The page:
Forex – is how market participants convert one currency to another. It can variously be referred to as foreign exchange, FX, or currencies.
Forex trading – is the act of taking part in the forex market in order to speculate and attempt to make a profit. It can also be known as FX trading, foreign exchange or currencies trading.
Fundamental Analysis – is a method of evaluating the intrinsic value of an asset and analysing the factors that could influence its price in the future. This form of analysis is based on external events and influences, as well as financial statements and industry trends.
Futures Contracts – represent an agreement between two parties to trade an asset at a defined price on a specified date in the future. They are also often referred to simply as ‘futures’.
Hedge – A hedge is an investment or trade designed to reduce your existing exposure to risk. The process of reducing risk via investments is called ‘hedging’.
Inflation – is the increase in the cost of goods and services in an economy. As that in turn means that each unit of the currency’s economy is worth less of any good or service, inflation can also be viewed as a devaluing of currency.
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Stop Orders – are types of order that instruct your broker to execute a trade when it reaches a particular level: one which is less favourable than the current market price. They can also be known as stop-loss orders.
Spread – In finance, the Spread is the difference in price between the buy (bid) and sell (offer) prices quoted for an asset.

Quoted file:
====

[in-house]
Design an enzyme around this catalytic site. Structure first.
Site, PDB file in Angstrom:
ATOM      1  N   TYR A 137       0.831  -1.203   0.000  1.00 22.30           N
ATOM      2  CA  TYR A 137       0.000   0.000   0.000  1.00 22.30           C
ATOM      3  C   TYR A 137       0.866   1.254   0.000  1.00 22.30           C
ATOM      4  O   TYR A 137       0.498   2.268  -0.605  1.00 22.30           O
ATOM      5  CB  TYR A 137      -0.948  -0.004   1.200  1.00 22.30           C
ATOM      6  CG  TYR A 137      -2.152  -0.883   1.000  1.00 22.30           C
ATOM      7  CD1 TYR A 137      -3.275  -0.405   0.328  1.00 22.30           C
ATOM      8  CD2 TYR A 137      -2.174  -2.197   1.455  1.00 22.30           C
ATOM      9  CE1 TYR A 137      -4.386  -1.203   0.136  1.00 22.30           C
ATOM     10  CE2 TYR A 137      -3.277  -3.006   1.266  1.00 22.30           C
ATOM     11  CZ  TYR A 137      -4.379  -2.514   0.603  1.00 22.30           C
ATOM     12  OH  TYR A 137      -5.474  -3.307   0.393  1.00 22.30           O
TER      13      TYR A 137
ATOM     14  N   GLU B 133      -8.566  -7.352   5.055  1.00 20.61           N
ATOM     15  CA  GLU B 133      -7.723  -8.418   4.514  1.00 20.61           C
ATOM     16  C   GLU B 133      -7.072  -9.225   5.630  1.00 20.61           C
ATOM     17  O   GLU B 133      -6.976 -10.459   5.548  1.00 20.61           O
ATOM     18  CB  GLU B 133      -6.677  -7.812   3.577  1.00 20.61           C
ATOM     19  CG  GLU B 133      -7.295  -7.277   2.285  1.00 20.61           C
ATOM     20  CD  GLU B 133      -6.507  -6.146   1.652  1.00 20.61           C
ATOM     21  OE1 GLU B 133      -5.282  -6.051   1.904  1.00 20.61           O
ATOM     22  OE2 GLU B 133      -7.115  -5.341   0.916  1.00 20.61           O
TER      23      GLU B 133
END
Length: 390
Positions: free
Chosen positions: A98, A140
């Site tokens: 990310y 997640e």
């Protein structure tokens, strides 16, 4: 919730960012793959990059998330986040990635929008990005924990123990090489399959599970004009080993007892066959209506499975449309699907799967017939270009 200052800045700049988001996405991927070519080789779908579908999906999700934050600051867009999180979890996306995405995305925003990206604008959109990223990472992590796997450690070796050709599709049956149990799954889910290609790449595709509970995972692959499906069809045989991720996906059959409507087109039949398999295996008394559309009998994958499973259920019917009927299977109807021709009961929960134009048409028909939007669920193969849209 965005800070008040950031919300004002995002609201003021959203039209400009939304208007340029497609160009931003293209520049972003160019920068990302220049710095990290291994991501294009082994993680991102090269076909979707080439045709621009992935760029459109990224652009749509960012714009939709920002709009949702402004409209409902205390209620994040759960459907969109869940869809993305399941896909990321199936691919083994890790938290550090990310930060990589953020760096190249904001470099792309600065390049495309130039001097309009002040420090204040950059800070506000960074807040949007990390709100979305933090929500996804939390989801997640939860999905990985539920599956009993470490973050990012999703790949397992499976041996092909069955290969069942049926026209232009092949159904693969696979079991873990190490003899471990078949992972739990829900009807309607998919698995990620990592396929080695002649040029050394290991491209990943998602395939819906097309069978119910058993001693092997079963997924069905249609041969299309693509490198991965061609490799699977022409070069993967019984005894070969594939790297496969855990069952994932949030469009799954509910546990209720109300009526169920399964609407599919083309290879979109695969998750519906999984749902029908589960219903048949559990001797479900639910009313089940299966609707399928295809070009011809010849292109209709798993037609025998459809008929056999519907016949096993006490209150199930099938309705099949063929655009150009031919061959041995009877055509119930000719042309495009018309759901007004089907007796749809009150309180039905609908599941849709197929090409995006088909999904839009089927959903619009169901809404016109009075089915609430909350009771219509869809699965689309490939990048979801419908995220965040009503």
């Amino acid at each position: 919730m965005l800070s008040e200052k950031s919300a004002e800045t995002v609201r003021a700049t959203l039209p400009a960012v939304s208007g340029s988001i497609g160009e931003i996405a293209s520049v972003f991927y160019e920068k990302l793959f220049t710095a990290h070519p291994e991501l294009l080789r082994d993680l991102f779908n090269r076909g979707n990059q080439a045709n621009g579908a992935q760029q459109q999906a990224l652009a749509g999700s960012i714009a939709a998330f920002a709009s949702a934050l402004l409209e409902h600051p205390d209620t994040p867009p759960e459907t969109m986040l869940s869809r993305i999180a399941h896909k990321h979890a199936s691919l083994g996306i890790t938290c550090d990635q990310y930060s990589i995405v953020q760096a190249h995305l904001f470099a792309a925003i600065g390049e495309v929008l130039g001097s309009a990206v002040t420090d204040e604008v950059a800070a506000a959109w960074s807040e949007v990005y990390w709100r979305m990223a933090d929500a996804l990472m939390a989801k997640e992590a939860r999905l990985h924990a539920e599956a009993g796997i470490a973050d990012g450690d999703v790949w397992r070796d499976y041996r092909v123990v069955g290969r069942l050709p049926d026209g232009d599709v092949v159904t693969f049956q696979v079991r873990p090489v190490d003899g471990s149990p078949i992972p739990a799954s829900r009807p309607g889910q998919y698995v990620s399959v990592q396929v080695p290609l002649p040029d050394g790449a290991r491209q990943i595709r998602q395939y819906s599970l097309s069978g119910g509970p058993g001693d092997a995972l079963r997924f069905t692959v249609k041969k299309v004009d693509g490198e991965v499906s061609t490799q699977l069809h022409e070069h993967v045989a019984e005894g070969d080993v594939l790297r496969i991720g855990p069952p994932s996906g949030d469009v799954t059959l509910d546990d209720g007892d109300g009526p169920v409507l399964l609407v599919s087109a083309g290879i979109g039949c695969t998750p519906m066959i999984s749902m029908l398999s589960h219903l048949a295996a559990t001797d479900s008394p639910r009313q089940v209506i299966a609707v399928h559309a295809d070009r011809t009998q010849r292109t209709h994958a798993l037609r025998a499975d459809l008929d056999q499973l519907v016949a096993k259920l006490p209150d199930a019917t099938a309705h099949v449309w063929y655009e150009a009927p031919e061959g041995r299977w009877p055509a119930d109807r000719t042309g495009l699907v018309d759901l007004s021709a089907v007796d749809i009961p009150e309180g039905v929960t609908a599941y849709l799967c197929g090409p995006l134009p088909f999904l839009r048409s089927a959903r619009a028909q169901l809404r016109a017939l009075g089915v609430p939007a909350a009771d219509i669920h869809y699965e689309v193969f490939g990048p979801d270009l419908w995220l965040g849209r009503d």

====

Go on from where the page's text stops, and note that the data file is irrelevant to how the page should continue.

Straddle – A Straddle is a type of options trading strategy that allows traders to speculate on whether a market is about to become volatile or not, without having to predict a specific price movement. Straddles involve either buying or selling simultaneous call and put options with matching strike prices and expiration dates.
Support Level – A Support Level is the price at which an asset may find difficulty falling below as traders look to buy around that level.
Scalp – A Scalp in trading is the act of opening and then closing a position very quickly, in the hope of profiting from small price movements.
SEC – The SEC stands for the US Securities and Exchange Commission. It is a government agency set up to regulate markets and protect investors in the United States, as well as overseeing any mergers and acquisitions.
Short – In trading, Short describes a trade that will incur a profit if the asset being traded falls in price. It is also often referred to as going short, shorting or sometimes selling.
Technical Analysis – is a means of examining and predicting price movements in the financial markets, by using historical price charts and market statistics. It is based on the idea that if a trader can identify previous market patterns, they can form a fairly accurate prediction of future price trajectories.
Trailing Stop – A Trailing Stop is a type of stop-loss that automatically follows positive market movements of an asset you are trading. If your position moves favourably but then reverses, a trailing stop can lock in your profits and close the position.
Trend – When a market is making a clear, sustained move upwards or downwards, it is called a Trend. Identifying the beginning and end of trends is a key part of market analysis.
Volatility – A market’s Volatility is its likelihood of making major, unforeseen short-term price movements at any given time.
Volume – In trading, Volume is the amount of a particular asset that is being traded over a certain period of time. It is often presented alongside price information, as it offers an extra dimension when examining an asset’s price history.
VIX – is short for the Chicago Board Options Exchange Volatility Index. It is a measure used to track volatility on the S&P 500 index, and is the most well-known volatility index on the markets.
More Terms Coming Soon!